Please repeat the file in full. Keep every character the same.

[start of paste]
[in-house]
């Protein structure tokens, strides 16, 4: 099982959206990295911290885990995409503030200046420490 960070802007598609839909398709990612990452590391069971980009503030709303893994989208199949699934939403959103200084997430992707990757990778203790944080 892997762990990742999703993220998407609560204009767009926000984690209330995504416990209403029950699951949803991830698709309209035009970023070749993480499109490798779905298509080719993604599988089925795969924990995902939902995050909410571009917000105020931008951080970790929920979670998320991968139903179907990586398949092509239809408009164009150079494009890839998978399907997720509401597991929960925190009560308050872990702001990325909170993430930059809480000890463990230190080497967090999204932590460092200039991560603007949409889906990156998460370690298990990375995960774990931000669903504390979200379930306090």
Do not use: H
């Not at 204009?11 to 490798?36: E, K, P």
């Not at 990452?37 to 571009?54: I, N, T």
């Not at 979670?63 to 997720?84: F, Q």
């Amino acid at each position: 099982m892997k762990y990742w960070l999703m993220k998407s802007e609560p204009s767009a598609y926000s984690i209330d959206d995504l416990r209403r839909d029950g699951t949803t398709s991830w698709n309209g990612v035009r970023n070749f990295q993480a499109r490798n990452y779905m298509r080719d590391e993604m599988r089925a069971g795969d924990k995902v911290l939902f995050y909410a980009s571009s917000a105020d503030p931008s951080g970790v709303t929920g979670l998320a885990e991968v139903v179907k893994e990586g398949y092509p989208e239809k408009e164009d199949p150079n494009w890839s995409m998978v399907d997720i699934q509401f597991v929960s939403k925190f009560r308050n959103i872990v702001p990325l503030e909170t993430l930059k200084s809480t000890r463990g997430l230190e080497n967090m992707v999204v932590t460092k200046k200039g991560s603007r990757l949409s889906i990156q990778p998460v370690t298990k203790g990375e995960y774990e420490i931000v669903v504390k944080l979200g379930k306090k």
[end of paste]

[in-house]
């Protein structure tokens, strides 16, 4: 099982959206990295911290885990995409503030200046420490 960070802007598609839909398709990612990452590391069971980009503030709303893994989208199949699934939403959103200084997430992707990757990778203790944080 892997762990990742999703993220998407609560204009767009926000984690209330995504416990209403029950699951949803991830698709309209035009970023070749993480499109490798779905298509080719993604599988089925795969924990995902939902995050909410571009917000105020931008951080970790929920979670998320991968139903179907990586398949092509239809408009164009150079494009890839998978399907997720509401597991929960925190009560308050872990702001990325909170993430930059809480000890463990230190080497967090999204932590460092200039991560603007949409889906990156998460370690298990990375995960774990931000669903504390979200379930306090």
Do not use: H
């Not at 204009?11 to 490798?36: E, K, P």
């Not at 990452?37 to 571009?54: I, N, T």
């Not at 979670?63 to 997720?84: F, Q």
């Amino acid at each position: 099982m892997k762990y990742w960070l999703m993220k998407s802007e609560p204009s767009a598609y926000s984690i209330d959206d995504l416990r209403r839909d029950g699951t949803t398709s991830w698709n309209g990612v035009r970023n070749f990295q993480a499109r490798n990452y779905m298509r080719d590391e993604m599988r089925a069971g795969d924990k995902v911290l939902f995050y909410a980009s571009s917000a105020d503030p931008s951080g970790v709303t929920g979670l998320a885990e991968v139903v179907k893994e990586g398949y092509p989208e239809k408009e164009d199949p150079n494009w890839s995409m998978v399907d997720i699934q509401f597991v929960s939403k925190f009560r308050n959103i872990v702001p990325l503030e909170t993430l930059k200084s809480t000890r463990g997430l230190e080497n967090m992707v999204v932590t460092k200046k200039g991560s603007r990757l949409s889906i990156q990778p998460v370690t298990k203790g990375e995960y774990e420490i931000v669903v504390k944080l979200g379930k306090k």